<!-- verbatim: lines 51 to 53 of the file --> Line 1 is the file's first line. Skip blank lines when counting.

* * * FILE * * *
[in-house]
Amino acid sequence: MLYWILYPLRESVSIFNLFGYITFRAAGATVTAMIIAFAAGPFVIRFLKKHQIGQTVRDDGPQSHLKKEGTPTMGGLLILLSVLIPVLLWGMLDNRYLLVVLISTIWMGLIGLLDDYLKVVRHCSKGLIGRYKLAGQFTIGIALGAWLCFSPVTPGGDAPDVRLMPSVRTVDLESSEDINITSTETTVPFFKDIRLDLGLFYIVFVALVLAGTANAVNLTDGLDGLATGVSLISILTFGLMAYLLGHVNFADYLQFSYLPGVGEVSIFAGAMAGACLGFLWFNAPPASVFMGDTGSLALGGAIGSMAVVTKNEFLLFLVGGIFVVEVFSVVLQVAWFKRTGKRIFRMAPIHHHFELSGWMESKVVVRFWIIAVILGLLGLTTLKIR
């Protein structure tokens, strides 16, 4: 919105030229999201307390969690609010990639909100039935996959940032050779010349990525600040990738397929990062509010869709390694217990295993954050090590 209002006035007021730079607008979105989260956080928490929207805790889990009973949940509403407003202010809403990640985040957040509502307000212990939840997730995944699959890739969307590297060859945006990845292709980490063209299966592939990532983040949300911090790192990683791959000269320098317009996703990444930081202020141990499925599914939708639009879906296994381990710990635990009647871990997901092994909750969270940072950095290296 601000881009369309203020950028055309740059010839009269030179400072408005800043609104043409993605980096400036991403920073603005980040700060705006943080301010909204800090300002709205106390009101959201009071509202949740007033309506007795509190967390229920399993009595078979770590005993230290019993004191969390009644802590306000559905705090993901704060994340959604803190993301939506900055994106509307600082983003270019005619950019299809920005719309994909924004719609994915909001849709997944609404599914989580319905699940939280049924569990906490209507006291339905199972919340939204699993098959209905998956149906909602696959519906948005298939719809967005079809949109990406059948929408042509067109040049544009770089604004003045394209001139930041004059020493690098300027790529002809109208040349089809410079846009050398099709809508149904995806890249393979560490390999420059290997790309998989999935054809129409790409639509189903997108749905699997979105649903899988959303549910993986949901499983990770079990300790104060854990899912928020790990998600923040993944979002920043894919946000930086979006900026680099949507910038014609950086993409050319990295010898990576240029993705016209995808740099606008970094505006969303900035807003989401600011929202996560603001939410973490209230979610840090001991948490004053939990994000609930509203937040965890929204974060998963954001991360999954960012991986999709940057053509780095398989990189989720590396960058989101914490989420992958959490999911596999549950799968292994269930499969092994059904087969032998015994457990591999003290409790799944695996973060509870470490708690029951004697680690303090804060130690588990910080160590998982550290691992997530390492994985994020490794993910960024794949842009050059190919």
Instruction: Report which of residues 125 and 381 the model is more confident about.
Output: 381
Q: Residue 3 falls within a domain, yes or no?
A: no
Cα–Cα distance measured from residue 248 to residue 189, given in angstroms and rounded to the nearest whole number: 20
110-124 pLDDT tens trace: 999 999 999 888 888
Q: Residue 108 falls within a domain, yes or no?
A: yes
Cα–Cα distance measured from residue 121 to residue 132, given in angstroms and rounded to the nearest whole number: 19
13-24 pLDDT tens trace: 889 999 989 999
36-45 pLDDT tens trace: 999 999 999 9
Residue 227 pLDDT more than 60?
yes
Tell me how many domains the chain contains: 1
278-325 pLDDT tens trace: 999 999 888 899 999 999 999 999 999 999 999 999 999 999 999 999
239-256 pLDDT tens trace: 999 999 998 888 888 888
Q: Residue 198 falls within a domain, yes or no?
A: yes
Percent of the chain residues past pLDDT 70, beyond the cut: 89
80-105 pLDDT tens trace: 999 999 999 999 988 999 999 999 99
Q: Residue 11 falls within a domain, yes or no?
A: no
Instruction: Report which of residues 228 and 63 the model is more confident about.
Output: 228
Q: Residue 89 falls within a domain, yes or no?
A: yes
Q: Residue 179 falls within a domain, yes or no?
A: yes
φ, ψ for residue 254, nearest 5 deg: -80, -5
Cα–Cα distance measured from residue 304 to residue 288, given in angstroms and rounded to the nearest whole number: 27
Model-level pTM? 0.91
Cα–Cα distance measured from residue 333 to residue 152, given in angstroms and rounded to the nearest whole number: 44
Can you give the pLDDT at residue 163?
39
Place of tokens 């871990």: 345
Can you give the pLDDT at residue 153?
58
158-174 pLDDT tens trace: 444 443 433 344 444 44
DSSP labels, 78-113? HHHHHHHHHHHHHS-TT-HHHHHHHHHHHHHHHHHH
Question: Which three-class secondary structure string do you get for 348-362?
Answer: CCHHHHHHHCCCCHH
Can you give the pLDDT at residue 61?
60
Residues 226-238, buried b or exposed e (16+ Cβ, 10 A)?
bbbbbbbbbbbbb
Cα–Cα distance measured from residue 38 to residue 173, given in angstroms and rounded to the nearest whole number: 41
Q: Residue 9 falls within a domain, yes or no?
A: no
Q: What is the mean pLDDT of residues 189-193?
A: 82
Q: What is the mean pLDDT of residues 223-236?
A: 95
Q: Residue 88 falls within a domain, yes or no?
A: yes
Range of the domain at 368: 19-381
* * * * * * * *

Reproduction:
A: no
Q: What is the mean pLDDT of residues 189-193?
A: 82